March 29, 2019 • Life for Leaders
Do not let my heart be drawn to what is evil
so that I take part in wicked deeds
along with those who are evildoers;
do not let me eat their delicacies.
In Psalm 141, David wrestles with the temptation to do what’s wrong. As in many other psalms, there is a concern in Psalm 141 about the threats of the wicked to the psalm writer’s well-being. But here the main danger is not that the wicked might harm David through their violent deeds. Rather, he thinks they might tempt him to join them in their sin. Thus David prays, “Do not let my heart be drawn to what is evil so that I take part in wicked deeds along with those who are evildoers; do not let me eat their delicacies” (141:4).
Notice that David acknowledges the apparent sweetness of evil. He refers to the actions of those who do wrong as “delicacies.” The Hebrew word used here comes from a root that means “pleasantness, beauty, or sweetness.” It is used in the Song of Solomon to depict the physical beauty of a lover (Song of Solomon 1:16). It can also describe the pleasant taste of food (Proverbs 9:17) or the delightful sound of music (Psalm 81:2). Sin can appear to be a delicacy, something pleasurable to be enjoyed and savored.
Yet David knows that such appearances are deceiving. Beneath the sweetness of evil lies a bitter, rotten core. So he asks the Lord to help him avoid it: “Do not let my heart be drawn to what is evil.”
Sin usually begins, not with a rush to action, but with our inner being, with subtle temptation, with seemingly harmless intrigue, with a drawing of our hearts that we can at first ignore. But if we lean our hearts in the direction of evil, if we allow its seeming sweetness to tantalize us, then we’re well on our way to “taking part in wicked deeds.”
We avoid the sweetness of evil by tending our hearts, by acknowledging our temptations and turning from them. Yet we are not able to do this in our own strength. We need the Lord’s help. And that help will be provided if we ask and incline our hearts, not toward sin, but toward God.
Something to Think About:
What kinds of sin can seem sweet to you?
When you’re tempted, what do you do?
To what are you inclining your heart?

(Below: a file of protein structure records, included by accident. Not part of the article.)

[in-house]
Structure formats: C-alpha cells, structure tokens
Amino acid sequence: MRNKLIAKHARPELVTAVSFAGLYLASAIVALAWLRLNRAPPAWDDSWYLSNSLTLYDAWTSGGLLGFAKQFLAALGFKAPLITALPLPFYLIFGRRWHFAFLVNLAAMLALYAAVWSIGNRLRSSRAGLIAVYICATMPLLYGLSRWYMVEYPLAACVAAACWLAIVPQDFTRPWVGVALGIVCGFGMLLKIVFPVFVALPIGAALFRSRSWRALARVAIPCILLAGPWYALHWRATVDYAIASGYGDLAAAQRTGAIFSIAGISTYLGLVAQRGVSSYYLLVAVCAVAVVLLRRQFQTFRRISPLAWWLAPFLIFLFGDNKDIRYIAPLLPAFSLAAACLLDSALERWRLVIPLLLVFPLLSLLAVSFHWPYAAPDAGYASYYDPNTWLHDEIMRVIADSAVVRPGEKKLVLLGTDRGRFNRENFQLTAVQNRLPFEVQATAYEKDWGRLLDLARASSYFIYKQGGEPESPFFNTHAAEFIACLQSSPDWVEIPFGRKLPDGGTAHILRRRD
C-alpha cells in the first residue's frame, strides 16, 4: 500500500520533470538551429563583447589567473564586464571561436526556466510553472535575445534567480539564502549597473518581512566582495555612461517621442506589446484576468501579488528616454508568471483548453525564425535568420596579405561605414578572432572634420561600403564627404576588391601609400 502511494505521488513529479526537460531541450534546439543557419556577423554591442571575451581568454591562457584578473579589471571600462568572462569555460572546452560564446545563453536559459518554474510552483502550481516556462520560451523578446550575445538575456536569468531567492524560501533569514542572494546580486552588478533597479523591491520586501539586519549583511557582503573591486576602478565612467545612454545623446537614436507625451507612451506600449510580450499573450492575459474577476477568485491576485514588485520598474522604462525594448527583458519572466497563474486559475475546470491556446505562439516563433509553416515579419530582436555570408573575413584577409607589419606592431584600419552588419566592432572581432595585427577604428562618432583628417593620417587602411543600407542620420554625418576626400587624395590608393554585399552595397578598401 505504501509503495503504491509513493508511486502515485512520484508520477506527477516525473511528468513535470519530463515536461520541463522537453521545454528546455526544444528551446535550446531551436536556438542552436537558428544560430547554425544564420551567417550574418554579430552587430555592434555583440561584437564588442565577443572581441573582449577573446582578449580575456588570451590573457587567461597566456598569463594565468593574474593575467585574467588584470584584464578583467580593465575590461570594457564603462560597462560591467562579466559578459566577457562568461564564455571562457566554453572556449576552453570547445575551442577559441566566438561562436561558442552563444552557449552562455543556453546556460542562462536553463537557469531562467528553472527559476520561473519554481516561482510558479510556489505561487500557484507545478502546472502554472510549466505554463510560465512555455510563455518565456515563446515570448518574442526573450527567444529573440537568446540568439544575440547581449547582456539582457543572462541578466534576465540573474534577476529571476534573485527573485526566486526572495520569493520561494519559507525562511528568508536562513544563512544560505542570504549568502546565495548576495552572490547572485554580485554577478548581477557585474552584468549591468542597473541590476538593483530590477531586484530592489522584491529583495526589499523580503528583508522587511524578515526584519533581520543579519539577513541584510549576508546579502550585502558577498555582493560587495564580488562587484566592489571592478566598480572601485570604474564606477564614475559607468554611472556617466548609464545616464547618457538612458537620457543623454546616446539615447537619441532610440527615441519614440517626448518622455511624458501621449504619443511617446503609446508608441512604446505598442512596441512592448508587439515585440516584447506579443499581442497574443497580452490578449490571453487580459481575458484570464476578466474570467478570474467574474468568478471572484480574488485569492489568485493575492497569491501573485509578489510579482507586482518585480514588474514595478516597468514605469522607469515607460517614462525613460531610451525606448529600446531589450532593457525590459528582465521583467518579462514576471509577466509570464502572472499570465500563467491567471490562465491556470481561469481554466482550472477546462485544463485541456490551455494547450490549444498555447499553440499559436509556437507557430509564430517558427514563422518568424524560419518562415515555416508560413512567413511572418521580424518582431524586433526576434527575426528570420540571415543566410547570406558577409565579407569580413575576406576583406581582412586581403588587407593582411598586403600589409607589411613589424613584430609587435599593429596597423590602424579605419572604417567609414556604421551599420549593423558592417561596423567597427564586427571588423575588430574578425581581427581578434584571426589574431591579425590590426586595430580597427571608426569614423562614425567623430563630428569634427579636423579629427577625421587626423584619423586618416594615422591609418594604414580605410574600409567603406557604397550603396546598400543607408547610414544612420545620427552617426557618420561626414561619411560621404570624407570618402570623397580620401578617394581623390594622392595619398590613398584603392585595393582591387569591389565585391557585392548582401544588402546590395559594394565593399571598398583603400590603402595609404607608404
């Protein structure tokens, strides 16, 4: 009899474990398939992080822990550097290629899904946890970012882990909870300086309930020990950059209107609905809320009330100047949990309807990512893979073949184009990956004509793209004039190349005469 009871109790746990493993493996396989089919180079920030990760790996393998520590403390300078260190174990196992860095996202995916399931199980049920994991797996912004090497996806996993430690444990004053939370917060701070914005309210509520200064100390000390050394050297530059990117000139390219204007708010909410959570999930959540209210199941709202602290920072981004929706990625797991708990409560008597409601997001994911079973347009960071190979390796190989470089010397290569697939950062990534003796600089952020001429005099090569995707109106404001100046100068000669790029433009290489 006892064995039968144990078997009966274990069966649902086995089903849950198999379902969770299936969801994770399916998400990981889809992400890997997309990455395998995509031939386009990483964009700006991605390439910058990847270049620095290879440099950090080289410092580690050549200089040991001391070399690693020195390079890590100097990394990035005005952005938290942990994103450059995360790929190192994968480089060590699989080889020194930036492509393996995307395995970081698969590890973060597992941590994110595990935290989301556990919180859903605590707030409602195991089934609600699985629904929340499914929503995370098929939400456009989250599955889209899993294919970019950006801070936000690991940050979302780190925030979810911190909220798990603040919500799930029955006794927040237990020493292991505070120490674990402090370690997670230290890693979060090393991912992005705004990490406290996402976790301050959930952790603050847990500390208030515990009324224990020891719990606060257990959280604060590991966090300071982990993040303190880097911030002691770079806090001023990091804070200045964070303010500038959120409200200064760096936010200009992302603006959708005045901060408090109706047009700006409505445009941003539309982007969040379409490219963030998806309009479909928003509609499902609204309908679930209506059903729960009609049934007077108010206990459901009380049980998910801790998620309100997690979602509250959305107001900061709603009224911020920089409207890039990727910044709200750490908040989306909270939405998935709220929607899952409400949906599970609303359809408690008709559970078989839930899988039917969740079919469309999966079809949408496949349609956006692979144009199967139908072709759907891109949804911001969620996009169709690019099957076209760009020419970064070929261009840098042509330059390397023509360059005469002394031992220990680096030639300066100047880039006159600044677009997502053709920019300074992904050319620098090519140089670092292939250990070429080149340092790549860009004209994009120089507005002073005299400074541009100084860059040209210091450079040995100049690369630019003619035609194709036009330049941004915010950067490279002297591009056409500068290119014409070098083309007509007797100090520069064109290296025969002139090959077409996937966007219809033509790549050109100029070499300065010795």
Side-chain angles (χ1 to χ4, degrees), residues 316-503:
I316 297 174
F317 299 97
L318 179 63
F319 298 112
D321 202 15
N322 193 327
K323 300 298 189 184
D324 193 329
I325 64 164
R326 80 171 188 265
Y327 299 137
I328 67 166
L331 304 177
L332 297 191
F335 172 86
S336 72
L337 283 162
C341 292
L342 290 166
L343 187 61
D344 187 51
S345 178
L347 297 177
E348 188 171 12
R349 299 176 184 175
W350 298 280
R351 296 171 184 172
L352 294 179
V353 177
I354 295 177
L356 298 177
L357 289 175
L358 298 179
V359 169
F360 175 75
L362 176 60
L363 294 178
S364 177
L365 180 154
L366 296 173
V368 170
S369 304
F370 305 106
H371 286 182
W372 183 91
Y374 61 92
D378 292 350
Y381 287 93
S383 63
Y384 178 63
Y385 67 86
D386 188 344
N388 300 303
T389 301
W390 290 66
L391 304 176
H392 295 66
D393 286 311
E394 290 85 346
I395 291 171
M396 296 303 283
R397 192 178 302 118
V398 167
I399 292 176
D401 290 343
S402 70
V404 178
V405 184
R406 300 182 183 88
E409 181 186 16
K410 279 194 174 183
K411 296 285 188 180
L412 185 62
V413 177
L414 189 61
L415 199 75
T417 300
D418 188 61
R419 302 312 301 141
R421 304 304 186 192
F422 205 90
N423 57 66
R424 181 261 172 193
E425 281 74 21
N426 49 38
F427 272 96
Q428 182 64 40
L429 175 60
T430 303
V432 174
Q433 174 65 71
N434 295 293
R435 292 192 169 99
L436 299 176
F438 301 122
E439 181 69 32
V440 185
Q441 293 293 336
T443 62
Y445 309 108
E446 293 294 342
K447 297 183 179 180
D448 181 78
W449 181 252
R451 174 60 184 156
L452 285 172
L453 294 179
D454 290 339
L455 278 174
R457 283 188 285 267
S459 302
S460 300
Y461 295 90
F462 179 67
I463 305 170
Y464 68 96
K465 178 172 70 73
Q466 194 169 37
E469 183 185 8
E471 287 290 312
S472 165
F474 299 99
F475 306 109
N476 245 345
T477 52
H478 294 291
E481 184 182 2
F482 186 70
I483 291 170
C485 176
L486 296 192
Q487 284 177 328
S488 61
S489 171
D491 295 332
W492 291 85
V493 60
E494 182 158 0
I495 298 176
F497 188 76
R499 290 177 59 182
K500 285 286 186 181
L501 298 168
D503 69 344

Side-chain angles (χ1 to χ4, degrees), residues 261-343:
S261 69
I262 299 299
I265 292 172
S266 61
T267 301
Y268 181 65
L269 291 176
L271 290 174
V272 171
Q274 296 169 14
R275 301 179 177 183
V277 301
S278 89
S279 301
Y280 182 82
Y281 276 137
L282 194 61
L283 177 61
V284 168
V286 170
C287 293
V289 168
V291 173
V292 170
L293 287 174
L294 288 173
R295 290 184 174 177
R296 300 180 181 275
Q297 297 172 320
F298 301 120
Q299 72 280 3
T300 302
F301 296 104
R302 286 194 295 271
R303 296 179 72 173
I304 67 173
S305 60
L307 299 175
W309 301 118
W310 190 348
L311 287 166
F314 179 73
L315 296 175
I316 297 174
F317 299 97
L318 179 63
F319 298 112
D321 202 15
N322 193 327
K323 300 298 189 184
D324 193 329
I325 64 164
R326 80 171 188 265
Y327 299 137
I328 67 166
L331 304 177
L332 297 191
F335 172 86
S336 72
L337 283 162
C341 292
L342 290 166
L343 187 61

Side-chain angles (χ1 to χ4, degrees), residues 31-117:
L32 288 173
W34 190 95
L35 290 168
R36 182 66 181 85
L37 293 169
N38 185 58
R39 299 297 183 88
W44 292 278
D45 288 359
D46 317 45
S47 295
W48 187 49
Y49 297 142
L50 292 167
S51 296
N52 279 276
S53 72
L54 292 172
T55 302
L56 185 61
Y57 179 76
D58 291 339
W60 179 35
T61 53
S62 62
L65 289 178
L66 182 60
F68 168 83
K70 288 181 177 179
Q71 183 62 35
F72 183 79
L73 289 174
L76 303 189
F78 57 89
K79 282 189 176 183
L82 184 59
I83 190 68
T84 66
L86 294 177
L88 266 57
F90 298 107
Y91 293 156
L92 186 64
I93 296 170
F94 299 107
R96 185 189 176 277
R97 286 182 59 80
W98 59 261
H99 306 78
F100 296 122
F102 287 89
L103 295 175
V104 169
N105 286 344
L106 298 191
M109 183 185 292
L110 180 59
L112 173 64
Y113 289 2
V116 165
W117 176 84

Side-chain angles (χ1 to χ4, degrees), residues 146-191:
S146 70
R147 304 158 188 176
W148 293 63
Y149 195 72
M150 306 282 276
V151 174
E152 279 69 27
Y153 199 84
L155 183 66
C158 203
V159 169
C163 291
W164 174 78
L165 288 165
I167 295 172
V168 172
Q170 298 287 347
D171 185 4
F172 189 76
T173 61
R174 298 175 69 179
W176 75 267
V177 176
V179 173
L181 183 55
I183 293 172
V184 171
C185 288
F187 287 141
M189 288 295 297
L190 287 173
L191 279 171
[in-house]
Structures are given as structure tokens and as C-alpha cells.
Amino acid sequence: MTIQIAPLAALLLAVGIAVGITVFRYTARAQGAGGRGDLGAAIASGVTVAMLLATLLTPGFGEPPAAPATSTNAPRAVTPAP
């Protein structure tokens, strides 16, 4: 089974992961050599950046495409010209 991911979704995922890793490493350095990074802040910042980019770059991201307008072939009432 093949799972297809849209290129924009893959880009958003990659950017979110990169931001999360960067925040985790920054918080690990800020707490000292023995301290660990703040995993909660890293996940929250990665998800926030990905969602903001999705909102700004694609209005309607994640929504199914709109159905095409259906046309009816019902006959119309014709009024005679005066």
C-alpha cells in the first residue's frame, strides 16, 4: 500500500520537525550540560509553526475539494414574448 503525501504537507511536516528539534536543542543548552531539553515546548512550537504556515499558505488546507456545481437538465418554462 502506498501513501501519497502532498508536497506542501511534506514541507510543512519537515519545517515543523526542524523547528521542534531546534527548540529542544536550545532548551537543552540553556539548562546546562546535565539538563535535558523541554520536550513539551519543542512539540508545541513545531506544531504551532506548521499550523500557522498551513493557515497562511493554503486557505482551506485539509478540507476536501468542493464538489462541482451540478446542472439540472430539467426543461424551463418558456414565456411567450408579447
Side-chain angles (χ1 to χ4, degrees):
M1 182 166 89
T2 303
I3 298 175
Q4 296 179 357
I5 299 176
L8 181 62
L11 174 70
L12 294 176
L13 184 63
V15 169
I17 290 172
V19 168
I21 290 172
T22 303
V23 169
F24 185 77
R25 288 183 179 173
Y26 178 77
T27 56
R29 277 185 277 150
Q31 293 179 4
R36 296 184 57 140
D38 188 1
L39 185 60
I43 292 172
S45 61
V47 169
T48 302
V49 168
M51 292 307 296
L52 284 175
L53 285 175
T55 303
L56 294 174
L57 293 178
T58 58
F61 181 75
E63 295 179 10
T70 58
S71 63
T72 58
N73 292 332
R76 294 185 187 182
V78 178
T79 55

Something to Do:
Talk to the Lord honestly about the temptations you’re facing these days. Ask for the ability to see the sin that draws your heart as it truly is, not as something truly sweet and delicious.
Gracious God, like David, I can sometimes feel the lure of sin. It can indeed seem sweet, something that will give me delight. But I know the truth about sin and its corrupting influence.
So I pray as David prayed. Help me, Lord, to incline my heart not toward evil but toward you. Keep me from taking part in wicked acts. Help me to see that the apparent delicacies of evil are actually poisonous to my soul.
Lead me not into temptation but deliver me from evil. Guide me to walk in your paths. Fill my heart with a desire for you and your holiness. Amen.
Explore more at the Theology of Work Project online commentary:
When Work is a Pleasure (Song of Songs 1:9-2:17)
Dr. Mark D. Roberts is a Senior Strategist for Fuller’s Max De Pree Center for Leadership, where he focuses on the spiritual development and thriving of leaders. He is the principal writer of the daily devotional, Life for Leaders, and the founder of the De Pree Center’s Flourishing in the Third Third of Life Initiative. Previously, Mark was the Executive Director of the De Pree Center, the lead pastor of a church in Southern California, and the Senior Director of Laity Lodge in Texas. He has written eight books, dozens of articles, and over 2,500 devotions that help people discover the difference God makes in their daily life and leadership. With a Ph.D. in New Testament from Harvard, Mark teaches at Fuller Seminary, most recently in his D.Min. cohort on “Faith, Work, Economics, and Vocation.” Mark is married to Linda, a marriage and family counselor, spiritual director, and executive coach. Their two grown children are educators on the high school and college level.